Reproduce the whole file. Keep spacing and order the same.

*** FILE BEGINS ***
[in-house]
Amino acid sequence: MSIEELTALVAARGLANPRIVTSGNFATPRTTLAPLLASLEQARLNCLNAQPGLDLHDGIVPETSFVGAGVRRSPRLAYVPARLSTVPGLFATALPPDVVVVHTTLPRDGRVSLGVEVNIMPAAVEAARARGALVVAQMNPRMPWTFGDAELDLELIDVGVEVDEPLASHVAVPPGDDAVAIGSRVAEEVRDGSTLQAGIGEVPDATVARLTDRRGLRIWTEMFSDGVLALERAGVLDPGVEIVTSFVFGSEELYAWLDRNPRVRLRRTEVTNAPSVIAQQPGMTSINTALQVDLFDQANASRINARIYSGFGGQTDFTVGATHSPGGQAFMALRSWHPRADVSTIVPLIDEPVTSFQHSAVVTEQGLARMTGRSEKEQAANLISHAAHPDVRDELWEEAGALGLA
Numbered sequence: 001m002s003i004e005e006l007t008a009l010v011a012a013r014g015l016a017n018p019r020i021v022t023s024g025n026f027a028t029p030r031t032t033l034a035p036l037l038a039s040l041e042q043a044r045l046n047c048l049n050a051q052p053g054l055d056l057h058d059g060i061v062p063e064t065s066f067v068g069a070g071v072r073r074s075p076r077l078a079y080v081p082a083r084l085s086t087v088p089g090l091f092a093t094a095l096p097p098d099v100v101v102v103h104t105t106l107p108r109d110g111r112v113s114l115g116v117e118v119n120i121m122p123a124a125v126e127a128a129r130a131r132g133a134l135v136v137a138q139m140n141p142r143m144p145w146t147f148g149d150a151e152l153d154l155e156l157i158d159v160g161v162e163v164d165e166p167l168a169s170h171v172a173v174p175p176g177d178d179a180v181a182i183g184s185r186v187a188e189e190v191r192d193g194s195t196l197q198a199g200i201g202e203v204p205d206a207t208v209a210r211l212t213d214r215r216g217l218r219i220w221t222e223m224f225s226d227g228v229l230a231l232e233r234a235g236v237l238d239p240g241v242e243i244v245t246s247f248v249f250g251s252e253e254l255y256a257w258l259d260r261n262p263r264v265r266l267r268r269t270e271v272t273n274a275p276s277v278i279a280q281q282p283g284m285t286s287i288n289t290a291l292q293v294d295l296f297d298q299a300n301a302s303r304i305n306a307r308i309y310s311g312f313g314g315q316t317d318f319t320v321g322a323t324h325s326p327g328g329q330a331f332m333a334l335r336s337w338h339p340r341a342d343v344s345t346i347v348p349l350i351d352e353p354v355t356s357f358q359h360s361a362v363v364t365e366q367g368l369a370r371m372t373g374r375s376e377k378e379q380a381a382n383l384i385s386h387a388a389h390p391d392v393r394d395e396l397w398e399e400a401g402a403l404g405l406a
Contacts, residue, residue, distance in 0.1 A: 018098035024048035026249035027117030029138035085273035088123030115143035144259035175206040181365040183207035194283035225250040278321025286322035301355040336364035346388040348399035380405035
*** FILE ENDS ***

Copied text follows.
[in-house]
Amino acid sequence: MSIEELTALVAARGLANPRIVTSGNFATPRTTLAPLLASLEQARLNCLNAQPGLDLHDGIVPETSFVGAGVRRSPRLAYVPARLSTVPGLFATALPPDVVVVHTTLPRDGRVSLGVEVNIMPAAVEAARARGALVVAQMNPRMPWTFGDAELDLELIDVGVEVDEPLASHVAVPPGDDAVAIGSRVAEEVRDGSTLQAGIGEVPDATVARLTDRRGLRIWTEMFSDGVLALERAGVLDPGVEIVTSFVFGSEELYAWLDRNPRVRLRRTEVTNAPSVIAQQPGMTSINTALQVDLFDQANASRINARIYSGFGGQTDFTVGATHSPGGQAFMALRSWHPRADVSTIVPLIDEPVTSFQHSAVVTEQGLARMTGRSEKEQAANLISHAAHPDVRDELWEEAGALGLA
Numbered sequence: 001m002s003i004e005e006l007t008a009l010v011a012a013r014g015l016a017n018p019r020i021v022t023s024g025n026f027a028t029p030r031t032t033l034a035p036l037l038a039s040l041e042q043a044r045l046n047c048l049n050a051q052p053g054l055d056l057h058d059g060i061v062p063e064t065s066f067v068g069a070g071v072r073r074s075p076r077l078a079y080v081p082a083r084l085s086t087v088p089g090l091f092a093t094a095l096p097p098d099v100v101v102v103h104t105t106l107p108r109d110g111r112v113s114l115g116v117e118v119n120i121m122p123a124a125v126e127a128a129r130a131r132g133a134l135v136v137a138q139m140n141p142r143m144p145w146t147f148g149d150a151e152l153d154l155e156l157i158d159v160g161v162e163v164d165e166p167l168a169s170h171v172a173v174p175p176g177d178d179a180v181a182i183g184s185r186v187a188e189e190v191r192d193g194s195t196l197q198a199g200i201g202e203v204p205d206a207t208v209a210r211l212t213d214r215r216g217l218r219i220w221t222e223m224f225s226d227g228v229l230a231l232e233r234a235g236v237l238d239p240g241v242e243i244v245t246s247f248v249f250g251s252e253e254l255y256a257w258l259d260r261n262p263r264v265r266l267r268r269t270e271v272t273n274a275p276s277v278i279a280q281q282p283g284m285t286s287i288n289t290a291l292q293v294d295l296f297d298q299a300n301a302s303r304i305n306a307r308i309y310s311g312f313g314g315q316t317d318f319t320v321g322a323t324h325s326p327g328g329q330a331f332m333a334l335r336s337w338h339p340r341a342d343v344s345t346i347v348p349l350i351d352e353p354v355t356s357f358q359h360s361a362v363v364t365e366q367g368l369a370r371m372t373g374r375s376e377k378e379q380a381a382n383l384i385s386h387a388a389h390p391d392v393r394d395e396l397w398e399e400a401g402a403l404g405l406a
Contacts, residue, residue, distance in 0.1 A: 018098035024048035026249035027117030029138035085273035088123030115143035144259035175206040181365040183207035194283035225250040278321025286322035301355040336364035346388040348399035380405035